I’ve covered Vitamin A in last weeks post over HERE, and today I’m sharing my thoughts and experience on Vitamin B also known as Niacinamide. If you’re serious about skincare then this is a must-read as this ingredient has many people talking.
What is Niacinamide?
Niacinimide is a form of Vitamin B3, an ingredient that many dermatologists swear by as it has shown to work. It’s a water-soluble vitamin, meaning it won’t dissolve in oil and for this reason easily absorbed by the outer layer of the skin. This ingredient is typically found in water-based serums, moisturisers and masks. It’s also non-acidic so great for all skin types.
Benefits of Niacinimide
When I read all the benefits, I was convinced that this is the only ingredient I’d ever need to solve all my skin concerns.
Here are some of the benefits
- Enhances skin barrier function
- Decrease skin hyperpigmentation
- Diminish fine lines and wrinkles
- Helps with redness
- Refines skins elasticity
Doesn’t this sound amazing?
Niacinamide reduces pigmentation by disrupting one of the key enzymes that produce melanin. It stimulates the production of keratin which increases the thickness of the skins outer layer. It’s also one of the best ingredients to improve dark spots as a result of acne scarring and sun damage.
Niacinamide improves dryness and anti-ageing by increasing the moisture content of the stratum corneum as well as collagen production. This directly helps with the elasticity of the skin, giving you that plump youthful skin.
Did you know the niacinamide can also control or relieve mild acne? It has anti-inflammatory properties which help with the sebum secretion that normally cause breakouts. Not only does it assist with the sebum production but it also helps with the appearance of large pores. Combining niacinamide and salicylic acid can over time dramatically minimize the appearance of pores as well smooth out bumpy skin texture.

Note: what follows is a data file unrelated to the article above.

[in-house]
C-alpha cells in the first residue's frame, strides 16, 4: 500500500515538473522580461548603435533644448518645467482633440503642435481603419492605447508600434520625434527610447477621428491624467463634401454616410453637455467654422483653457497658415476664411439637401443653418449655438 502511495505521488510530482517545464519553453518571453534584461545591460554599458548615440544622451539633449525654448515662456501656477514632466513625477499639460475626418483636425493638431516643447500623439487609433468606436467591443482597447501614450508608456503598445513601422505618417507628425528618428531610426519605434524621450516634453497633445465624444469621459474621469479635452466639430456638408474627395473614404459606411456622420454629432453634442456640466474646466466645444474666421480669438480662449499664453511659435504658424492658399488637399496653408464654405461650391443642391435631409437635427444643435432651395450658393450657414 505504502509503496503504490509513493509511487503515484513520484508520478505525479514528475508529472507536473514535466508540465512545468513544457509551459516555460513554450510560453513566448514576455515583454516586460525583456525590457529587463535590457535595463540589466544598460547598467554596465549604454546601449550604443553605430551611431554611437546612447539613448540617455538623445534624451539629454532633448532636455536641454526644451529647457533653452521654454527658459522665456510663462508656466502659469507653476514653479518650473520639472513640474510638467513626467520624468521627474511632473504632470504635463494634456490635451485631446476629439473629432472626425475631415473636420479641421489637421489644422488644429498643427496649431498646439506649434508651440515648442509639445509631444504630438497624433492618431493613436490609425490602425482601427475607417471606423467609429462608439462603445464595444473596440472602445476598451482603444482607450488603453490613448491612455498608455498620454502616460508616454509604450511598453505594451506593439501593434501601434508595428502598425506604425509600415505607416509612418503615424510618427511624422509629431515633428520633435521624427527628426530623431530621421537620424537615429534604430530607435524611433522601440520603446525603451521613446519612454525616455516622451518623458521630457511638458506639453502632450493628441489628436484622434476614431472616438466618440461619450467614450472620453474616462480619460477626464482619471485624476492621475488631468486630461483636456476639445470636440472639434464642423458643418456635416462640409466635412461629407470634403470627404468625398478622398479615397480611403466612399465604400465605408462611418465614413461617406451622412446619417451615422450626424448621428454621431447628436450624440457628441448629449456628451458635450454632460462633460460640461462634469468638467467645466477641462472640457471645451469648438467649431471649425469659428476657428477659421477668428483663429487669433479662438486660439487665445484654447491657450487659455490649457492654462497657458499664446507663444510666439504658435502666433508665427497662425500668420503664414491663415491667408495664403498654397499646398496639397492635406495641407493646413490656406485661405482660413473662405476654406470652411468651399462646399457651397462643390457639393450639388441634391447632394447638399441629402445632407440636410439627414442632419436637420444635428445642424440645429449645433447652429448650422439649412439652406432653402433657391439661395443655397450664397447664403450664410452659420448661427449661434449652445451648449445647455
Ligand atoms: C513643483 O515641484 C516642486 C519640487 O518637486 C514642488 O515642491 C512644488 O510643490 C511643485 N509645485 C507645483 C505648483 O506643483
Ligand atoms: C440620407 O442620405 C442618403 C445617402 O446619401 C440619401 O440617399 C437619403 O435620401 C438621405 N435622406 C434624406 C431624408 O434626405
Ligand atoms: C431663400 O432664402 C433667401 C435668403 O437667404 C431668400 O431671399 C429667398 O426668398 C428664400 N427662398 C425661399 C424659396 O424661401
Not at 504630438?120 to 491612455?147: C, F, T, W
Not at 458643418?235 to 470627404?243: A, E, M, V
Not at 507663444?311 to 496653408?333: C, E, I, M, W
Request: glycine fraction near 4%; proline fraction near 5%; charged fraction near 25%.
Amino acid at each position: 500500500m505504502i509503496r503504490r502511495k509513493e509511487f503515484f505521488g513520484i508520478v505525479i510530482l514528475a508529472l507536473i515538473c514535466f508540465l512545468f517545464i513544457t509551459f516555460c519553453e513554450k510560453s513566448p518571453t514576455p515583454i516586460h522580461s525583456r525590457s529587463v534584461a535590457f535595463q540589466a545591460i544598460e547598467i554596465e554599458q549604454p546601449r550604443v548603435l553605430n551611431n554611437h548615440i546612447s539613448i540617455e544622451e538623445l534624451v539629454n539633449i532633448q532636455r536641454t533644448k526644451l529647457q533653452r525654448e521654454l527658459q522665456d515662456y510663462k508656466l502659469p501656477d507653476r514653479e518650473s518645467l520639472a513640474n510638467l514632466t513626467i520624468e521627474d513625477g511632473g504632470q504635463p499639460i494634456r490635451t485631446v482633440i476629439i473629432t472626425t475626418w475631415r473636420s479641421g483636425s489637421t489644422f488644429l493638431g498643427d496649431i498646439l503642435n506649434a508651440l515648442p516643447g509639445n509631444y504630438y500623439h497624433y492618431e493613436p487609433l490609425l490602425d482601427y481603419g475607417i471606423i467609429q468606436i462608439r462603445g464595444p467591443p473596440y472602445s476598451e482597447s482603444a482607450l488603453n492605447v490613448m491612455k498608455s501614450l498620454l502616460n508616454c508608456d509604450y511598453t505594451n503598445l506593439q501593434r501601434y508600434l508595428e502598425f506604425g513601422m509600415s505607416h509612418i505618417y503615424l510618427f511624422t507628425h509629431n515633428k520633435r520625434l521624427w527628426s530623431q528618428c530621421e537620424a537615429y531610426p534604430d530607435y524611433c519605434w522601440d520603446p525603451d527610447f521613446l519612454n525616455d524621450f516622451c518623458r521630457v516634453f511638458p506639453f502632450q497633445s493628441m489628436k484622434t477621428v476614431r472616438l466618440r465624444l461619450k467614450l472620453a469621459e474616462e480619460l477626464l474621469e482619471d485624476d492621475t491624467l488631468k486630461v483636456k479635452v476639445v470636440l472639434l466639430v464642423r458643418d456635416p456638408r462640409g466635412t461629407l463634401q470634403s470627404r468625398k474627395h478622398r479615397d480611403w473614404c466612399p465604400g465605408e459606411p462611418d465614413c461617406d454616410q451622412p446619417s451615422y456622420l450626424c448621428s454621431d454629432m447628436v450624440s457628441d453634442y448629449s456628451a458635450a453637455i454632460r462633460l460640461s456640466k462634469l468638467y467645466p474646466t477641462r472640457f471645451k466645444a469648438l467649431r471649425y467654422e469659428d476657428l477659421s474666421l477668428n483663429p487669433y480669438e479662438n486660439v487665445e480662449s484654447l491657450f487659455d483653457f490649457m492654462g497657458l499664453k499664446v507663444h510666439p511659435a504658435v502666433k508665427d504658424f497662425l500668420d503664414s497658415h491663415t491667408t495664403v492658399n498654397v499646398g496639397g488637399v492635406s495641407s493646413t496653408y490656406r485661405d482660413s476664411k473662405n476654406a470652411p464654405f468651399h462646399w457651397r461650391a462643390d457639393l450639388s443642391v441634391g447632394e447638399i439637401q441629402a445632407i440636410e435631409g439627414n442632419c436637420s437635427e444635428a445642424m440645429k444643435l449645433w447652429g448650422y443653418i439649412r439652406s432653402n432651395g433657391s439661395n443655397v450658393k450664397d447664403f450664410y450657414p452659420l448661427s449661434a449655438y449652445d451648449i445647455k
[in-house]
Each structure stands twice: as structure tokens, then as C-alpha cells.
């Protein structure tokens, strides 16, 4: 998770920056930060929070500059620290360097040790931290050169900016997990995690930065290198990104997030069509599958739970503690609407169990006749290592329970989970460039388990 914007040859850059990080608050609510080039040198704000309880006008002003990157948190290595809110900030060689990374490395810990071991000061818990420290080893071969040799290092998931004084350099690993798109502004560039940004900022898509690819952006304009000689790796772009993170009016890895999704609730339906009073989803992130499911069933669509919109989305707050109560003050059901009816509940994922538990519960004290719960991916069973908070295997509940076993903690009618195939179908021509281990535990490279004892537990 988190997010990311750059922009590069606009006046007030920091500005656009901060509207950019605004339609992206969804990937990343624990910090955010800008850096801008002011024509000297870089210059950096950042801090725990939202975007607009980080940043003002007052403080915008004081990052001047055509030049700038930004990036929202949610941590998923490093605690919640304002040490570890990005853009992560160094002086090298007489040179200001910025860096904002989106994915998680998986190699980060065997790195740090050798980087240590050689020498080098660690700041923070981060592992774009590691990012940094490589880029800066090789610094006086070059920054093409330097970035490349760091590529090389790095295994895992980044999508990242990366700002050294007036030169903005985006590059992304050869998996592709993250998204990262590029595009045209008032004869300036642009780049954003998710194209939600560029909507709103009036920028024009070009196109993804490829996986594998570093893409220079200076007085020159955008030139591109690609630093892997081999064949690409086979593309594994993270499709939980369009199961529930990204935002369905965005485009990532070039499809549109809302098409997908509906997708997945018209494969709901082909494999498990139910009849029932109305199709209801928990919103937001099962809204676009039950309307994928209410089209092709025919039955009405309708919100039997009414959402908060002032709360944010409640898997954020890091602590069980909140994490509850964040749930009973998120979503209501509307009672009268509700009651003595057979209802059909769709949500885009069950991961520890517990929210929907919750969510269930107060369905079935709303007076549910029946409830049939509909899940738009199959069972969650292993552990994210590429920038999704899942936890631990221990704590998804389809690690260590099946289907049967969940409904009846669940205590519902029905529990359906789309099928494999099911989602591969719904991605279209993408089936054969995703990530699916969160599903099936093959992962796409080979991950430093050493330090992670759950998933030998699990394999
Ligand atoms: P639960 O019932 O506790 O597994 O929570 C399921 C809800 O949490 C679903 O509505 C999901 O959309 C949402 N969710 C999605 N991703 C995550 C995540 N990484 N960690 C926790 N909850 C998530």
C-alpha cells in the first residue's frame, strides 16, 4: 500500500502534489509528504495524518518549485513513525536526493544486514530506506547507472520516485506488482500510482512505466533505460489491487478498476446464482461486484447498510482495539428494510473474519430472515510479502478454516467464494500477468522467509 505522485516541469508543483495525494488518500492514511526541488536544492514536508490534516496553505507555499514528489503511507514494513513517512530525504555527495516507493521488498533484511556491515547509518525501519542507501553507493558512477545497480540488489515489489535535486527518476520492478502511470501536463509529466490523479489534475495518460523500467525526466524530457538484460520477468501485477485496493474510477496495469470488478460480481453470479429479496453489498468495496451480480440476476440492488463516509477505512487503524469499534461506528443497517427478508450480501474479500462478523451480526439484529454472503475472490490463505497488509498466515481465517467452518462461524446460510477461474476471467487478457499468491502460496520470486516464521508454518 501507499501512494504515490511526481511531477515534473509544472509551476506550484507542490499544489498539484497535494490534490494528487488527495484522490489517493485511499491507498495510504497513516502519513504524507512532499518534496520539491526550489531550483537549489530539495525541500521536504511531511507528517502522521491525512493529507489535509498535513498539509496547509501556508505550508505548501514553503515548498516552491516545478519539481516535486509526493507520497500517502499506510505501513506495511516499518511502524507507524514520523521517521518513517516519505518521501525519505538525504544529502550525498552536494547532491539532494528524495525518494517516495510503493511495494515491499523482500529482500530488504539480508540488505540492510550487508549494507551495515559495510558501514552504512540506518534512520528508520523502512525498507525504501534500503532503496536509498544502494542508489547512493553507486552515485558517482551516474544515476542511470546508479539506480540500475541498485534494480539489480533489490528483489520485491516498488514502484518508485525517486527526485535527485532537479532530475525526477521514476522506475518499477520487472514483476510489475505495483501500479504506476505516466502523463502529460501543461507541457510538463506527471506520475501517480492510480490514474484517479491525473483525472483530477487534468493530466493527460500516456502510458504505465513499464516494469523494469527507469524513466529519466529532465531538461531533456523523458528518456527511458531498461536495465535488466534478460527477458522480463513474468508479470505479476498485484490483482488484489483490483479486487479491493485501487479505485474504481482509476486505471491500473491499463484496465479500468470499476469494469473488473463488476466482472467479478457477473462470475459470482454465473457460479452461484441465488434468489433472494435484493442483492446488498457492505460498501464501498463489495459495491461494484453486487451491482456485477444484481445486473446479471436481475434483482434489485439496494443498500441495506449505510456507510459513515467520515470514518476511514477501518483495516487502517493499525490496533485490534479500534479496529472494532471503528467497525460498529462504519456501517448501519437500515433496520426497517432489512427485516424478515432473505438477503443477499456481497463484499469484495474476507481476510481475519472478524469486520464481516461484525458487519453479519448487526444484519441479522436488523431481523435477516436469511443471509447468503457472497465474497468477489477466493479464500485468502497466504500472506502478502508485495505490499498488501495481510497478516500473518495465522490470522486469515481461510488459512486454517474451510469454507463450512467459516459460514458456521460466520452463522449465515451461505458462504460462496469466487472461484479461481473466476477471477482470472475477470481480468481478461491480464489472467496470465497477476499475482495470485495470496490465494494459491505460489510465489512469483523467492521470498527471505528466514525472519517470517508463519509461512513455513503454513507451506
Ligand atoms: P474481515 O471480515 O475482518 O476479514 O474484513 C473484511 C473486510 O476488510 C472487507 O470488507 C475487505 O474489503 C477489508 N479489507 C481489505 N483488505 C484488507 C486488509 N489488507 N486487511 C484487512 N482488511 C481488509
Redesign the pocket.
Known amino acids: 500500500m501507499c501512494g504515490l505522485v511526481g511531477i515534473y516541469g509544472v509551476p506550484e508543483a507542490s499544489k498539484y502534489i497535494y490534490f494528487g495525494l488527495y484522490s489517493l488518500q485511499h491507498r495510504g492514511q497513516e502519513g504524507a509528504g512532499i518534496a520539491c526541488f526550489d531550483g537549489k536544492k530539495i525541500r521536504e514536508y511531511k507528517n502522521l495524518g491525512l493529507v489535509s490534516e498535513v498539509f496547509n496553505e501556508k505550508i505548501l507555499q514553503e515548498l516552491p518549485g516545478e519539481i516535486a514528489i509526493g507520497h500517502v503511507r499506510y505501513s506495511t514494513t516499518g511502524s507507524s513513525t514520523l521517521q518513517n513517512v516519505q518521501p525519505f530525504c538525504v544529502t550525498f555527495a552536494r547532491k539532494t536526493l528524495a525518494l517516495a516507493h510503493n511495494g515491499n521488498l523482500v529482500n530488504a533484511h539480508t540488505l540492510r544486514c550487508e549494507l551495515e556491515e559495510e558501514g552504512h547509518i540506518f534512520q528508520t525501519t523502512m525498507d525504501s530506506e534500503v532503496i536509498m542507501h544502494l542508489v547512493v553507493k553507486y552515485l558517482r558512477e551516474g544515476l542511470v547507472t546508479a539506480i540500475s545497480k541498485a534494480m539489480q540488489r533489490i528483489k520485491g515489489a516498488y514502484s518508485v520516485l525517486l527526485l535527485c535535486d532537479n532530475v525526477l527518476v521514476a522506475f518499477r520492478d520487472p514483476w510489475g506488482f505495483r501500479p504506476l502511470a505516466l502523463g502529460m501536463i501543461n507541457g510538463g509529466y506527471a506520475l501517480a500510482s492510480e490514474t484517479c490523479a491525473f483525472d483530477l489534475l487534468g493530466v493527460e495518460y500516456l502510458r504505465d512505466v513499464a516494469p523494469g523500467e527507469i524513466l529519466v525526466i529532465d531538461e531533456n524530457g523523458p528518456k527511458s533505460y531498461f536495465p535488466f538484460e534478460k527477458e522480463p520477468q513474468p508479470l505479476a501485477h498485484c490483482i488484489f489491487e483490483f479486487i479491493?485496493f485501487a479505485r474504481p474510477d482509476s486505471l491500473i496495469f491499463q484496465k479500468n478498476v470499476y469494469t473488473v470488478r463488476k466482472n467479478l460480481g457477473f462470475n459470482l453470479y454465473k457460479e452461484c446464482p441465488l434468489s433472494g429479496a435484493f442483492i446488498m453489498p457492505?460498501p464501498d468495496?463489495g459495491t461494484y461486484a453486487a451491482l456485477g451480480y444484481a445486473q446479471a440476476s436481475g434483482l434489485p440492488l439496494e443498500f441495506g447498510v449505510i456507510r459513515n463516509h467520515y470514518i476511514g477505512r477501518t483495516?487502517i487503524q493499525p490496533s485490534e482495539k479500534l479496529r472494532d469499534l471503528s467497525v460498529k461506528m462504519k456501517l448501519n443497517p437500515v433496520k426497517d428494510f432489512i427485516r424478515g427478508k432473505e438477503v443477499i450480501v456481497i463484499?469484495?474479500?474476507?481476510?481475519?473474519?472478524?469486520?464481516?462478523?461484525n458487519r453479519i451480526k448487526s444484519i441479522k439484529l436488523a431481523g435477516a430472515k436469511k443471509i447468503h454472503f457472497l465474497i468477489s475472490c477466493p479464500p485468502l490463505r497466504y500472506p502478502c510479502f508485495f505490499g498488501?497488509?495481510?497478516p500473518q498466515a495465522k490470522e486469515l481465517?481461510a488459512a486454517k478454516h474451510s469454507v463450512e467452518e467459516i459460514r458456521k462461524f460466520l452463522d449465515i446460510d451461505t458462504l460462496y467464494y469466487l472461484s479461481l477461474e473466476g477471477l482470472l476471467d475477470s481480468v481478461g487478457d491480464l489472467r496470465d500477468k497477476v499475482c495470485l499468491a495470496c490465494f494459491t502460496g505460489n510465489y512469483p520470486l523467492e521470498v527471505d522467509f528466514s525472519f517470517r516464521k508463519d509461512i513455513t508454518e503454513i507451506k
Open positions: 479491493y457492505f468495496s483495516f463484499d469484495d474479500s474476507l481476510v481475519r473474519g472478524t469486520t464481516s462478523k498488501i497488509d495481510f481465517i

Can it be used with other ingredients?
Absolutely yes! It’s a stable ingredient and therefore safe to mix with other ingredients. I know mixing active ingredients can be tricky because there are certain rules but niacinamide can be incorporated in your skincare routine without any worries.
How to use Niacinimide?
One of the best parts of this ingredient is that it can be used in high percentages and can still be well tolerated by the skin. Like I mentioned earlier, it mixes well with other ingredients so no need to worry about it reacting and causing any sort of irritation.
The only niacinamide that I’ve used is “The ordinary Niacinimide 10% + Zinc 2%”. This is a pretty lightweight water-based serum, so I would apply this after my toner before going in with my other actives in the evening. I have to mention that the serum does ball up a bit. So the idea is to apply and then tap. Spreading and rubbing it causes it to form weird little clumps. Perhaps it’s just the formula from The Ordinary.
As with any skincare, you have to give it time. It’s a long term investment that your future self will thank you for. I can tell you one thing, you’re guaranteed brighter, smoother skin as well as improvement on the appearance of your pores after 8 weeks of consistently using this ingredient.
I was one of those who was sceptical about using niacinamide and Vitamin C. There’ve been some studies done in the past that suggested that mixing these two could cause some reaction. But these studies were apparently done by using unstable forms of both ingredients which is what brought about this concern.
Niacinimide and Vitamin C work well together and actually boosts each other’s abilities to improve the skin. Some of you with super sensitive skin might experience some redness if you mix them but nothing alarming. If you don’t want to risk it then perhaps you could use niacinamide in the AM and then Vitamin C in the evening or vice versa.
Let me know if you’ve used this ingredient before and if you were pleased with your results?